|Tiger brothers rescued by Wildlife Rehab or Hernando|
If you’re looking for an animal attraction in central Florida that doesn’t make you feel icky about how they treat the animals, check out Wildlife Rehab of Hernando. Jimmy Jablon started out taking in local native wildlife–raccoons, alligators, fox–but demand for exotic animals turned out of homes and those creepy roadside attractions.
When you go to the shelter, less than an hour north of Tampa, you’ll get much closer to animals than you would in a zoo and your donation for a tour ($17.50 for adults, $8.50 for kids) will go to help maintain these animals and save others. “We let all the people that come here get close to the animals,” he says. “You stand a foot from the tigers and the monkeys are on a fence next to you.”
Right now Jablon could use the donations, after spending $8,000 for tests and surgery for a 160 pound lion cub that’s now recuperating in his house to ward off infection. Jablon has seen so many of what he calls “photo cubs”–big cats misused to pose for cute pictures when they’re young–that he recognized the syndrome. The cat had been underfed and improperly fed and her skull wasn’t growing to keep up with her brain. Jablon drained more of his savings from working in the insurance business to pay the vet bills, which he had been hoping to get a break on for rescuing the animal.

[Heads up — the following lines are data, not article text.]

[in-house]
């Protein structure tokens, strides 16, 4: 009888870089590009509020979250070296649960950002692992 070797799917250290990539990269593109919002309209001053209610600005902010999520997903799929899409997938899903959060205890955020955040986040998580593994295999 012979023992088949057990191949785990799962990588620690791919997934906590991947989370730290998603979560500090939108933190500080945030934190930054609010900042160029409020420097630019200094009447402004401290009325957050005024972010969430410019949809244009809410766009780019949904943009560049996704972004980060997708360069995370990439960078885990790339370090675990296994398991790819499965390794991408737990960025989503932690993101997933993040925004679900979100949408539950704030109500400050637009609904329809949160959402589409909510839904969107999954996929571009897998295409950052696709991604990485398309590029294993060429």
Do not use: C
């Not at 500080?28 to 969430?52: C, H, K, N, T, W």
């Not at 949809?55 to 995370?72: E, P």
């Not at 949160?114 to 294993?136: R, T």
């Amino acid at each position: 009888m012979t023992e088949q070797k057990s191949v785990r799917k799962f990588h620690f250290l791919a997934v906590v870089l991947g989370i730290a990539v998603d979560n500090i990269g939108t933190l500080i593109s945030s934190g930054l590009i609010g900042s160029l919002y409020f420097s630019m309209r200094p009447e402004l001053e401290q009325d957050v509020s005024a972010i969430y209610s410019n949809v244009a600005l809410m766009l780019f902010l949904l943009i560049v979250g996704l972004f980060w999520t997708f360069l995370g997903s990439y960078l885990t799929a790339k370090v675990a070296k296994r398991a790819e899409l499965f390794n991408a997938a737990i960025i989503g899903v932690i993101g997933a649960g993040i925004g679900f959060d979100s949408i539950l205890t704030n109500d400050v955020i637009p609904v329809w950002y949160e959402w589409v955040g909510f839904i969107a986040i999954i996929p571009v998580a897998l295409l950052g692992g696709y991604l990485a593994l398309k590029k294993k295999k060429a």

Recently he did get a big break thanks to Waste Management and Wal-Mart. Rather than take the retailer’s unsold meat to the landfill, Waste Management makes it available to Jablon, who otherwise would have to buy 1,000 pounds of meat a week to keep his carnivores fed. “There’s nothing wrong with the meat. Sometimes it’s still frozen,” he says. Regulations just require removing it after so many days. He’s got no such help with produce: he spends about $23,000 a year on fruits and vegetables.